Purpose of review: Acid retention because of chronic kidney disease (CKD) increases tissue acidity and accelerates progression of CKD, whereas reduction in acid retention slows progression of CKD. Herein, we describe the mechanisms through which increased tissue acidity worsens CKD, modalities for countering acid retention and their impact on progression of CKD, and current recommendations for therapy.
Recent findings: Studies in animals and humans show that increased tissue acidity raises the renal levels of endothelin, angiotensin II, aldosterone, and ammoniagenesis, thereby worsening renal fibrosis and causing progression of CKD. Measures that counter acid retention, such as providing alkali or modifying the quantity or type of dietary protein, reduce the levels of endothelin, angiotensin II, aldosterone, and ammoniagenesis, slowing progression of CKD. Alkali can be provided as NaHCO3, sodium citrate, or base in fruits and vegetables. A serum [HCO3] of 24-26 mEq/l is targeted, because higher values can be associated with adverse consequences.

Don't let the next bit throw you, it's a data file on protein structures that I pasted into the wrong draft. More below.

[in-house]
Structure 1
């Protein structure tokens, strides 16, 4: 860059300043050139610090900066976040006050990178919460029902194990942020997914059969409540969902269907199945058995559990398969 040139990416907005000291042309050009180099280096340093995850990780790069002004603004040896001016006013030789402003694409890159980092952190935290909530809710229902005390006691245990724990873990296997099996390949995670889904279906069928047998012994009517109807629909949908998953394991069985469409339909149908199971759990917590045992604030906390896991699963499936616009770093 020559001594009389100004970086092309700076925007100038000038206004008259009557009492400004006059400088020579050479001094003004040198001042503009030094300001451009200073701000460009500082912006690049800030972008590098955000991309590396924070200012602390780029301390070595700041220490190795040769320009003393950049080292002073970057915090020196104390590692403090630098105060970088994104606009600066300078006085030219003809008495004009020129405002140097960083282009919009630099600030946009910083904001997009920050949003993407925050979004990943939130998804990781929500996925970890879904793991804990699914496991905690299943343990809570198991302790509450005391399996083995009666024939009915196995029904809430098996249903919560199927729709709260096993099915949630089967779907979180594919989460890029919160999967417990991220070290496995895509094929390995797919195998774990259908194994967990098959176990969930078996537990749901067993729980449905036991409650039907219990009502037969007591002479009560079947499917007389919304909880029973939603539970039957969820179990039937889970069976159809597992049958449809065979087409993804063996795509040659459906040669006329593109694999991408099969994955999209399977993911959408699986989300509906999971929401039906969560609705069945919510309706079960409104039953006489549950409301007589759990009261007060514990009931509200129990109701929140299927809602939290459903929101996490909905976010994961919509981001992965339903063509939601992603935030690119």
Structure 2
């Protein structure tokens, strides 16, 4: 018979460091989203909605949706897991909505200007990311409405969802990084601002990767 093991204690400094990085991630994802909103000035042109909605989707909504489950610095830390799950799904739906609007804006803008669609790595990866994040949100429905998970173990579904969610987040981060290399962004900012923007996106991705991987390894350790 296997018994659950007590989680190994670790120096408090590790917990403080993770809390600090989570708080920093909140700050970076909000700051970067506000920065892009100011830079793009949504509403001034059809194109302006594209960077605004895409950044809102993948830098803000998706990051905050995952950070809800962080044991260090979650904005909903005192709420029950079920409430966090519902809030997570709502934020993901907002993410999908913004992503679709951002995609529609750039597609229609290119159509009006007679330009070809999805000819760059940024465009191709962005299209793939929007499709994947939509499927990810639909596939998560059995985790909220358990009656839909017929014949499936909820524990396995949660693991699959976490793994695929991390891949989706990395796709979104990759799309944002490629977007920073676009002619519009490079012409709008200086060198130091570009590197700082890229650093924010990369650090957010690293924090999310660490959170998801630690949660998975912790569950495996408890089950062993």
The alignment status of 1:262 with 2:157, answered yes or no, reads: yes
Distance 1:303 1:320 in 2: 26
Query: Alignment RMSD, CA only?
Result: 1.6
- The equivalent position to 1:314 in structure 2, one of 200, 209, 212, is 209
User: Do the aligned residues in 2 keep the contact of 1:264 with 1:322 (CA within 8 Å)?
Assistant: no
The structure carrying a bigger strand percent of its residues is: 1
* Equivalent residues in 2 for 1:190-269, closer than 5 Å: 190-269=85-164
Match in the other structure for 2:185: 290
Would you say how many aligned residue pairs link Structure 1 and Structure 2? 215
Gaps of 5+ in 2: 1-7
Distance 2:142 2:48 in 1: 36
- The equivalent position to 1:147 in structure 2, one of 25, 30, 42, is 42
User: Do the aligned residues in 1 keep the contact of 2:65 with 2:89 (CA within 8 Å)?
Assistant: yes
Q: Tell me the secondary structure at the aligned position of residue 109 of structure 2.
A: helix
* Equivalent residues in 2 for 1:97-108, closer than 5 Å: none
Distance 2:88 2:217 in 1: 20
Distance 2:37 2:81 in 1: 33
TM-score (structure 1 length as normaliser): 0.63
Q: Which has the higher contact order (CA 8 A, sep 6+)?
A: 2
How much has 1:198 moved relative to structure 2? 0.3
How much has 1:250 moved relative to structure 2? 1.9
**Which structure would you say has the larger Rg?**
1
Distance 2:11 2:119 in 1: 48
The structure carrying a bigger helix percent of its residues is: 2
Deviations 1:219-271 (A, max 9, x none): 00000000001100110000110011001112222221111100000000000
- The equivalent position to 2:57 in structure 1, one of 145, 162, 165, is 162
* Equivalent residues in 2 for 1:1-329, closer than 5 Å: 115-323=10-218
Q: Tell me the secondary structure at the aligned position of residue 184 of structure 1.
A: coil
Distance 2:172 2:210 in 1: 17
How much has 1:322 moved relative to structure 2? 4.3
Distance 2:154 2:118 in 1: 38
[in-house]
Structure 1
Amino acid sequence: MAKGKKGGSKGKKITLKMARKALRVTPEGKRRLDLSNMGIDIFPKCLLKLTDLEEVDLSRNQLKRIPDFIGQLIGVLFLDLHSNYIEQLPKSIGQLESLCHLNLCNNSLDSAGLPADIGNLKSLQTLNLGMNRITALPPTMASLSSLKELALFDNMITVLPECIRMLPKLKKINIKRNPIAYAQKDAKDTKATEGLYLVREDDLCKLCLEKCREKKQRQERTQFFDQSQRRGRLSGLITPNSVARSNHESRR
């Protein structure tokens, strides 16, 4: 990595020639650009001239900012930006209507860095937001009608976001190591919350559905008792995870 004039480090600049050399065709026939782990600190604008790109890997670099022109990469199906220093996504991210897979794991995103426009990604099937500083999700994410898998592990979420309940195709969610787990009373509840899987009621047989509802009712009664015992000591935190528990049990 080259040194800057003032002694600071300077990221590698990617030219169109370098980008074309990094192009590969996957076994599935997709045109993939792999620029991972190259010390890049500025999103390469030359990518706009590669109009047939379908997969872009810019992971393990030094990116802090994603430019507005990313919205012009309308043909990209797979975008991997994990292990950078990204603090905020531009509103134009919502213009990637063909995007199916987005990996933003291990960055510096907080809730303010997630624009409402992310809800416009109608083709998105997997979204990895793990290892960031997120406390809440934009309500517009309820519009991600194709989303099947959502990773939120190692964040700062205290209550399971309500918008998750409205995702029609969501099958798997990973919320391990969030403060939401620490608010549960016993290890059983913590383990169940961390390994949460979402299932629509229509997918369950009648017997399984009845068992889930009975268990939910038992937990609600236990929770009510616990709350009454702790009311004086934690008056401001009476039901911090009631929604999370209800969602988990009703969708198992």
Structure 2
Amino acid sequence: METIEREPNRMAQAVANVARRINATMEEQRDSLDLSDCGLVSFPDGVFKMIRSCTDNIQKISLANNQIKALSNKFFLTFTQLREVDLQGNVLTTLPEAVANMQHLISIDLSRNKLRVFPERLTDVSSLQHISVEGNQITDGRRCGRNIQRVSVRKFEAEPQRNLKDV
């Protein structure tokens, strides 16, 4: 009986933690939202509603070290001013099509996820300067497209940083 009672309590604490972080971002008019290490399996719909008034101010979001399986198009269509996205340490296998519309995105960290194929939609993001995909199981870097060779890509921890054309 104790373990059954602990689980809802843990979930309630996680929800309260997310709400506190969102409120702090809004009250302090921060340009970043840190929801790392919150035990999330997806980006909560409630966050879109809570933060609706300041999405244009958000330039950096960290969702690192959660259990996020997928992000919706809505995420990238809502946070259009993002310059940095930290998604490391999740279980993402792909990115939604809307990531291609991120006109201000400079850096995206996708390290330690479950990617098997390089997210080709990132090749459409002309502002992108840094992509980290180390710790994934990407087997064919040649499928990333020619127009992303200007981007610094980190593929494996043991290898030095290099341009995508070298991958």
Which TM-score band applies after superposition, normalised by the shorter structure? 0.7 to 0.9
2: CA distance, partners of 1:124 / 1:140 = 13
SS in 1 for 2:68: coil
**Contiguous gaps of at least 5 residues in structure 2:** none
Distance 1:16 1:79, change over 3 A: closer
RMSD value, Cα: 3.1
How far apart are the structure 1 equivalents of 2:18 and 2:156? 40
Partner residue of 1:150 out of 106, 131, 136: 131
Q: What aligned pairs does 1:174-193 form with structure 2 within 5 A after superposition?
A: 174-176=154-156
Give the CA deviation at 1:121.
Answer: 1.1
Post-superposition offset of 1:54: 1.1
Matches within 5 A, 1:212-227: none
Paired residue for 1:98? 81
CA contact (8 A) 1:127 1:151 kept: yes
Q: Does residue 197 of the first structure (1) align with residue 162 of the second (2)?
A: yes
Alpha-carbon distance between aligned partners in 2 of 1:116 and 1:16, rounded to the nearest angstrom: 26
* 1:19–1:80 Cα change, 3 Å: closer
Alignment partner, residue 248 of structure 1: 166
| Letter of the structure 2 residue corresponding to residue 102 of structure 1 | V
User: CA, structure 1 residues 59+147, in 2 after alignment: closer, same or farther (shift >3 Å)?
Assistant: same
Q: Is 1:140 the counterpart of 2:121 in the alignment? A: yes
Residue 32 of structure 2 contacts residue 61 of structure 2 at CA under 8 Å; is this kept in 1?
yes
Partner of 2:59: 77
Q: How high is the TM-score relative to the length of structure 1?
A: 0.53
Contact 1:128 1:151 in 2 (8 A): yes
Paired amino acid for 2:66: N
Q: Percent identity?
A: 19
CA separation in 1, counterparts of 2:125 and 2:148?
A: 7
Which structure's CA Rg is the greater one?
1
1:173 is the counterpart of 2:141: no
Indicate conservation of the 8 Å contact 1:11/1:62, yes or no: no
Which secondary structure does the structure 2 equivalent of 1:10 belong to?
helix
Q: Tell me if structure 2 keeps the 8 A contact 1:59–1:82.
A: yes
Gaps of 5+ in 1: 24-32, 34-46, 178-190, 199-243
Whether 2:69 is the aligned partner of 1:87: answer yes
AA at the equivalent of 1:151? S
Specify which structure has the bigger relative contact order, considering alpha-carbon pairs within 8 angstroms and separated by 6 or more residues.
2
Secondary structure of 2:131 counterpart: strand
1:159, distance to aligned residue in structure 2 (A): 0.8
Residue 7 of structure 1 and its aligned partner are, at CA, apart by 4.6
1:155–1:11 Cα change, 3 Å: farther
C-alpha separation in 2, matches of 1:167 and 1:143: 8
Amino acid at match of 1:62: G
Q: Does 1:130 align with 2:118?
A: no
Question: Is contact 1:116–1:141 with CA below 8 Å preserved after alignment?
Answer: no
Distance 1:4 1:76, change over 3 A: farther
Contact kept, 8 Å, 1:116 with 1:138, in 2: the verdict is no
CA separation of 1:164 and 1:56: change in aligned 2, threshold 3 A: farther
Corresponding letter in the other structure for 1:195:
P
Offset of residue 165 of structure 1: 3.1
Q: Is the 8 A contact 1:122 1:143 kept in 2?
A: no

Summary: Insights into the mechanisms through which increased tissue acidity mediates progression of CKD and the beneficial impact of ameliorating positive acid balance underlie our recommendation for modalities that counter acid retention in CKD.